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Kim Harding, and others, are trying to get trying to Strict Liability back into the political agenda in Scotland. Strict Liability is part of traffic law in Germany, and in fact most of the world, outside of the UK.
Some time ago, Eldest Son had a very minor collision with a car on a Spielstrasse (shared space street, 7km/h limit). Being about six at the time, Eldest Son didn’t know that in Germany you give way to vehicles coming from the right, didn’t stop on a junction, and was clipped by a very expensive vehicle speeding up the hill. Eldest Son was fine, but Expensive Car had some minor damage.
Beautiful Wife learned to drive in Japan, and didn’t know that in Germany you should always call the police when you have an accident, so when the driver said “we don’t need to bother calling the police”,* gave her his address, then drove off saying he needed to go to an appointment, she accepted it.
A few weeks later a rather large bill arrived.
We have liability insurance, so we wrote to our insurance company and explained what had happened. They found it very amusing, wrote to the driver and reminded him about Strict Liability, in particular that if a car hits a child, the driver is always liable. (Driving over the speed limit was also a bit naughty, as was not calling the police, which in Germany made it a hit-and-run, but we’ll ignore that)
The driver tried to make much of the point that he technically had right of way on the junction, and his lawyers sent us a threatening letter with an even bigger bill in the hope we’d panic and pay up, which we passed on to the insurance company. They wrote to said Lawyers and asked them to kindly stop messing about, and that was that.
Had Eldest Son been injured, the rules would mean the driver of Expensive Car would be held responsible. whereas in the UK it would have meant a long legal battle for us to get compensation or simply not be held liable for scratching his paint. His insurance would have had to pay, at least partly, for treatment and rehabilitation, pushing up his premiums. Drivers -unfortunately- seem to be more aware of this than just the danger posed by a ton of metal to vulnerable road users, and it makes them slightly more careful. As I recently heard a policeman complain: “Unfortunately, as soon as you drive a car in Germany, you are assumed to be responsible if any accident happens” ** I’m still convinced that German drivers are more cautious around pedestrians and cyclists than British drivers, and I’m pretty sure it isn’t because German drivers have a better understanding of the value of human life.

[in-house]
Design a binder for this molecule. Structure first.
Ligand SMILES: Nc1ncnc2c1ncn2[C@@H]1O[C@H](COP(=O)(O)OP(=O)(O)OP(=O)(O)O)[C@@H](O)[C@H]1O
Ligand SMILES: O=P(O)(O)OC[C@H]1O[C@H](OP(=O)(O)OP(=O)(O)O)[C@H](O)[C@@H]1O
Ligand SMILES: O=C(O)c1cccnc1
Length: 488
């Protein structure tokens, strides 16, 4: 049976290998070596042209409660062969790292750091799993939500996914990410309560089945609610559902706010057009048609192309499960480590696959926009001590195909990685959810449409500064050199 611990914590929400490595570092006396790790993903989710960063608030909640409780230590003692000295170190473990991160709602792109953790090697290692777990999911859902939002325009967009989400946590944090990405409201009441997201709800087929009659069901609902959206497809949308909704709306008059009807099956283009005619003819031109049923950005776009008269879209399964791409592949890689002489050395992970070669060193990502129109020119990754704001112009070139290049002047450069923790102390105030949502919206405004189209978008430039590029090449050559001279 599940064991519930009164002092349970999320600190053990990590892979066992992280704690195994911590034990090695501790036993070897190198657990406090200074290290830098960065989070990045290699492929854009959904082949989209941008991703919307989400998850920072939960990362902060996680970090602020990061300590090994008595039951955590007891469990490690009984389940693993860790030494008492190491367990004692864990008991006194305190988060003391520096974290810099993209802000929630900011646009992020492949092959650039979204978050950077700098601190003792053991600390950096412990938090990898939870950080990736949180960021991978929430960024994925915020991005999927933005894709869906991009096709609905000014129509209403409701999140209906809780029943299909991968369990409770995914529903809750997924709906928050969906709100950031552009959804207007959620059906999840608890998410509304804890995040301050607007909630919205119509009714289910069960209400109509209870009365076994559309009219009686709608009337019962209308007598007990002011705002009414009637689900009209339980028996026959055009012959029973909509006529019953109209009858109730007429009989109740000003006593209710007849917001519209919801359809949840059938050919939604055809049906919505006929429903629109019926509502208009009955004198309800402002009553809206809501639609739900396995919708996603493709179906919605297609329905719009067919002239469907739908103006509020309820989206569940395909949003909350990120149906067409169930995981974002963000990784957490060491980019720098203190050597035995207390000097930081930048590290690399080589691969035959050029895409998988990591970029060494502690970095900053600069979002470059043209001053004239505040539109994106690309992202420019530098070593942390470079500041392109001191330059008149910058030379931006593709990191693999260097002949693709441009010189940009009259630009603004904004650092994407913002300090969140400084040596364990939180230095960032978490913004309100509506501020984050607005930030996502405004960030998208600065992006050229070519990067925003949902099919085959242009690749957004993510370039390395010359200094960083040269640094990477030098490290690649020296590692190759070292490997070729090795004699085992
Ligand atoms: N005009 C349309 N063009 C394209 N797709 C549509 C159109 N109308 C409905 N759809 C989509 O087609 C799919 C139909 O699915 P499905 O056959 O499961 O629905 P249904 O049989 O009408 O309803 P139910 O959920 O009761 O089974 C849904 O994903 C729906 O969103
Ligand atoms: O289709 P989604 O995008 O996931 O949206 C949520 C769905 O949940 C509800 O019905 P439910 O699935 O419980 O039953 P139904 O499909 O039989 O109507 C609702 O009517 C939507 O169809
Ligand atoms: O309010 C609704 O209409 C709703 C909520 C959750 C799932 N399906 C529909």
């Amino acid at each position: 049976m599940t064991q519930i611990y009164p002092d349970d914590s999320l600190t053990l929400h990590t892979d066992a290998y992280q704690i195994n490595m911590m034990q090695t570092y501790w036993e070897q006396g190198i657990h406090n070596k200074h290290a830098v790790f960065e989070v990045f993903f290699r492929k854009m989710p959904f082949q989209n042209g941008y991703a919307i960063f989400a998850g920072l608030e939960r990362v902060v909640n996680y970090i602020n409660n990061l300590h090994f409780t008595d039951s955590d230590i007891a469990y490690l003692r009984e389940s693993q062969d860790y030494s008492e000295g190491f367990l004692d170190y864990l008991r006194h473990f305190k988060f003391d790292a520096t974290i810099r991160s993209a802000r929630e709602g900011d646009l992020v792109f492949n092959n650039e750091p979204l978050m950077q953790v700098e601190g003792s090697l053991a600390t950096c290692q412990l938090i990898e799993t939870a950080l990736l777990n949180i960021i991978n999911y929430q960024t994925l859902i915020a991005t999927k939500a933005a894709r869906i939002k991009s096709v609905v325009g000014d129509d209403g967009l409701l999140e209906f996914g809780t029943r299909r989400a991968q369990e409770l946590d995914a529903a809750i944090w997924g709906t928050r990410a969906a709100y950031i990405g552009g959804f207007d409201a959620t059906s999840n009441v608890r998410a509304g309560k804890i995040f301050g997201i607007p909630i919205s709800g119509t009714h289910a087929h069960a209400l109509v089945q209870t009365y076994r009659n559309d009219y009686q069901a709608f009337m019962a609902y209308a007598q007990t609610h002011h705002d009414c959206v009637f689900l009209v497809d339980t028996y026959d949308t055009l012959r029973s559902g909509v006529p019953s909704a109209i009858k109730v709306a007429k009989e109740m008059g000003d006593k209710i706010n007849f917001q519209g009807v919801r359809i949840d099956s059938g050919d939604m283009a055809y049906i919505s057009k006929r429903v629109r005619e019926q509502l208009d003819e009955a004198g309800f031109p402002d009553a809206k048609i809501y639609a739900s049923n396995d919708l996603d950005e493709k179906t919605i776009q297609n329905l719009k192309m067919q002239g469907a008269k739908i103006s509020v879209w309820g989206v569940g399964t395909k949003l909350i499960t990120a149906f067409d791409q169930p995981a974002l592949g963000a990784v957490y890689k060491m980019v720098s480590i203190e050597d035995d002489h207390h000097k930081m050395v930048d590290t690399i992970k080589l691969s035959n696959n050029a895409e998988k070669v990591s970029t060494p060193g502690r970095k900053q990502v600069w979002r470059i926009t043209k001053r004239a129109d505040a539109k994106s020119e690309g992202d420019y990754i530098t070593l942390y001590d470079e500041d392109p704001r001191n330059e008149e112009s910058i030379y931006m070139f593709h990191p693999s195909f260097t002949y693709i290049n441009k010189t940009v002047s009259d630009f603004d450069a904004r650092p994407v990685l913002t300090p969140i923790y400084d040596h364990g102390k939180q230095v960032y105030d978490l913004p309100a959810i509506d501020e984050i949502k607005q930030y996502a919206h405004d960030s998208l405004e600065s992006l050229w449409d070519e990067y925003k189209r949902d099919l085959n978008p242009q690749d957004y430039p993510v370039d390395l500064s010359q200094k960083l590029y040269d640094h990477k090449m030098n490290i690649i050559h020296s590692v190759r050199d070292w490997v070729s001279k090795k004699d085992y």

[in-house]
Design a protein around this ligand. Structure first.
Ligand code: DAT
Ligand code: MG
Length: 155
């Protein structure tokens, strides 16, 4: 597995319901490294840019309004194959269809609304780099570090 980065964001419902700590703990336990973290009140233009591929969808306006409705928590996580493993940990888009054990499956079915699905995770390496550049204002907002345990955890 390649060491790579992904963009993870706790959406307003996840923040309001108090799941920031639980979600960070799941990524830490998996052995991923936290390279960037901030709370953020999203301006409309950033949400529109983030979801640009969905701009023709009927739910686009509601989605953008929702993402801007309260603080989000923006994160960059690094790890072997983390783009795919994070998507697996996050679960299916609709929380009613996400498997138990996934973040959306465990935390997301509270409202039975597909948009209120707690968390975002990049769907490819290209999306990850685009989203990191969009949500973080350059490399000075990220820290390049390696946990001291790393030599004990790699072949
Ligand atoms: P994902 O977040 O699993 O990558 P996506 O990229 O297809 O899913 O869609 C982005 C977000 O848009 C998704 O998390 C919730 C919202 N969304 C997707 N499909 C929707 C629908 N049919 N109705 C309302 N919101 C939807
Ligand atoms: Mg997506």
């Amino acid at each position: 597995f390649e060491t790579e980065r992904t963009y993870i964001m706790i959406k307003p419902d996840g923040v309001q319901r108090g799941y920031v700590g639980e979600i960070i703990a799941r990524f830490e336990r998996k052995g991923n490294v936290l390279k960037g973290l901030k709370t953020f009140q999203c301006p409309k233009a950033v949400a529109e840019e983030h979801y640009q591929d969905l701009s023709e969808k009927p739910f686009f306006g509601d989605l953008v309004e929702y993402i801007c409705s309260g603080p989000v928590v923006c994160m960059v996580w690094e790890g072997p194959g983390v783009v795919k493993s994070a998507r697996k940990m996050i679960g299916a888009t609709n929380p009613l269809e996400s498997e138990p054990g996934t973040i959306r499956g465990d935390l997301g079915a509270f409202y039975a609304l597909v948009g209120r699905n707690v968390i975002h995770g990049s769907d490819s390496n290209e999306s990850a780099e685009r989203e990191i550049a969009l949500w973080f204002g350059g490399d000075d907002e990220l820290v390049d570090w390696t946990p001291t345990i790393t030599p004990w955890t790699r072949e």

It also sends a clear message that the law is there to protect more vulnerable people. I’d have thought this was a given in any civilised country, but that’s just me.
*A phrase rarely heard except from drivers involved a motor vehicle collision and from people with a black jumper, crowbar and torch, kneeling in front of a broken safe at midnight. They could be right, of course.
**And this was the policeman supposed to be telling us about pedestrian and cycling safety. The mind boggles…
I haven’t written much about using bicycles lately, especially considering how much use our bikes get.
The Bakfiets spends much of its time being a tractor, as seen above delivering compost and a load of wood to the garden for making the Mighty Steppe. Without the Bakfiets we’d probably not be able to keep our crazy hippy lifestyle going, as it is the main way of transporting stuff back and forth to the Very Smallholding. I could probably fill one of these if I had one, which would remove almost all need for a car except for the occasional long trip, but I always end up deciding I’m better off with what I’ve got.
I may make a flat bed for the Bakfiets as soon as The Boys are too big to ride in it (that’s if I don’t make a coffee bar instead).
Meanwhile the Xtracycle remains my vehicle of choice for going to the next town and beyond, visiting friends and running errands, not least because it means I can combine trips.